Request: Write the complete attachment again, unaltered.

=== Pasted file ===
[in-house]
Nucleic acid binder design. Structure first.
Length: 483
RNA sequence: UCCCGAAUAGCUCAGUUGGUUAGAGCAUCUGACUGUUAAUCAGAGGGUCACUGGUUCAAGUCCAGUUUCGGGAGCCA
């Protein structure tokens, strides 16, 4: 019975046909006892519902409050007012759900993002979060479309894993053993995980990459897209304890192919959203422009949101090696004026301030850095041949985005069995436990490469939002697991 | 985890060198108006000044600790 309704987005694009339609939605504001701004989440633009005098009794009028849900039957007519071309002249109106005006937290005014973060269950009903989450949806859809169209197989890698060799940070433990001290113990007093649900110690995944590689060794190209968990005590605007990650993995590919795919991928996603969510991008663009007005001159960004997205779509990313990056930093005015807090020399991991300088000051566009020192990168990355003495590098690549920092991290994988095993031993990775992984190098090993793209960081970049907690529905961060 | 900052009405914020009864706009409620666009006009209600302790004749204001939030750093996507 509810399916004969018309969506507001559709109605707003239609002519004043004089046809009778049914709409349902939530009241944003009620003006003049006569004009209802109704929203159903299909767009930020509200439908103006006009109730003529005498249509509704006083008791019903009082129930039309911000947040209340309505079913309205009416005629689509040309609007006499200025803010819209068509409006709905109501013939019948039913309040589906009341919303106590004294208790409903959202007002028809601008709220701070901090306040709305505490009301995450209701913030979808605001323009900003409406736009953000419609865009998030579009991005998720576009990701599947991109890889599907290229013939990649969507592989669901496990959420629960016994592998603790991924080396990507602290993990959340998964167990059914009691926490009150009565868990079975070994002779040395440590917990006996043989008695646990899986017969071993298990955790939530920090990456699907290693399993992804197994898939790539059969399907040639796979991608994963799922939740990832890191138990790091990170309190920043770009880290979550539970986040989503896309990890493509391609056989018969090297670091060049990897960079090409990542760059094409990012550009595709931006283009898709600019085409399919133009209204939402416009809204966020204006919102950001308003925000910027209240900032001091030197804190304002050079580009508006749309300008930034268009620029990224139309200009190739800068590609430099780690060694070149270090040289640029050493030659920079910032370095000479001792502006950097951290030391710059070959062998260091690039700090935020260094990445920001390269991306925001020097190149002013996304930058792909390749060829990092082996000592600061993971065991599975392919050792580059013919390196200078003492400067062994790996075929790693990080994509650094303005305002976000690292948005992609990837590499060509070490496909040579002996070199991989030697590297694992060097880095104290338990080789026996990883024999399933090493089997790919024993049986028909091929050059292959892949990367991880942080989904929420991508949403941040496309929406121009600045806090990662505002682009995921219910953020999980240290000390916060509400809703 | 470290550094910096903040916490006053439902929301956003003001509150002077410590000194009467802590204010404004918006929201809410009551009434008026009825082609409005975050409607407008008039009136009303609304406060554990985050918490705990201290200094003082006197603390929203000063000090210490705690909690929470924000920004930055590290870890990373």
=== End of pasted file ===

[in-house]
Nucleic acid binder design. Structure first.
Length: 483
RNA sequence: UCCCGAAUAGCUCAGUUGGUUAGAGCAUCUGACUGUUAAUCAGAGGGUCACUGGUUCAAGUCCAGUUUCGGGAGCCA
């Protein structure tokens, strides 16, 4: 019975046909006892519902409050007012759900993002979060479309894993053993995980990459897209304890192919959203422009949101090696004026301030850095041949985005069995436990490469939002697991 | 985890060198108006000044600790 309704987005694009339609939605504001701004989440633009005098009794009028849900039957007519071309002249109106005006937290005014973060269950009903989450949806859809169209197989890698060799940070433990001290113990007093649900110690995944590689060794190209968990005590605007990650993995590919795919991928996603969510991008663009007005001159960004997205779509990313990056930093005015807090020399991991300088000051566009020192990168990355003495590098690549920092991290994988095993031993990775992984190098090993793209960081970049907690529905961060 | 900052009405914020009864706009409620666009006009209600302790004749204001939030750093996507 509810399916004969018309969506507001559709109605707003239609002519004043004089046809009778049914709409349902939530009241944003009620003006003049006569004009209802109704929203159903299909767009930020509200439908103006006009109730003529005498249509509704006083008791019903009082129930039309911000947040209340309505079913309205009416005629689509040309609007006499200025803010819209068509409006709905109501013939019948039913309040589906009341919303106590004294208790409903959202007002028809601008709220701070901090306040709305505490009301995450209701913030979808605001323009900003409406736009953000419609865009998030579009991005998720576009990701599947991109890889599907290229013939990649969507592989669901496990959420629960016994592998603790991924080396990507602290993990959340998964167990059914009691926490009150009565868990079975070994002779040395440590917990006996043989008695646990899986017969071993298990955790939530920090990456699907290693399993992804197994898939790539059969399907040639796979991608994963799922939740990832890191138990790091990170309190920043770009880290979550539970986040989503896309990890493509391609056989018969090297670091060049990897960079090409990542760059094409990012550009595709931006283009898709600019085409399919133009209204939402416009809204966020204006919102950001308003925000910027209240900032001091030197804190304002050079580009508006749309300008930034268009620029990224139309200009190739800068590609430099780690060694070149270090040289640029050493030659920079910032370095000479001792502006950097951290030391710059070959062998260091690039700090935020260094990445920001390269991306925001020097190149002013996304930058792909390749060829990092082996000592600061993971065991599975392919050792580059013919390196200078003492400067062994790996075929790693990080994509650094303005305002976000690292948005992609990837590499060509070490496909040579002996070199991989030697590297694992060097880095104290338990080789026996990883024999399933090493089997790919024993049986028909091929050059292959892949990367991880942080989904929420991508949403941040496309929406121009600045806090990662505002682009995921219910953020999980240290000390916060509400809703 | 470290550094910096903040916490006053439902929301956003003001509150002077410590000194009467802590204010404004918006929201809410009551009434008026009825082609409005975050409607407008008039009136009303609304406060554990985050918490705990201290200094003082006197603390929203000063000090210490705690909690929470924000920004930055590290870890990373």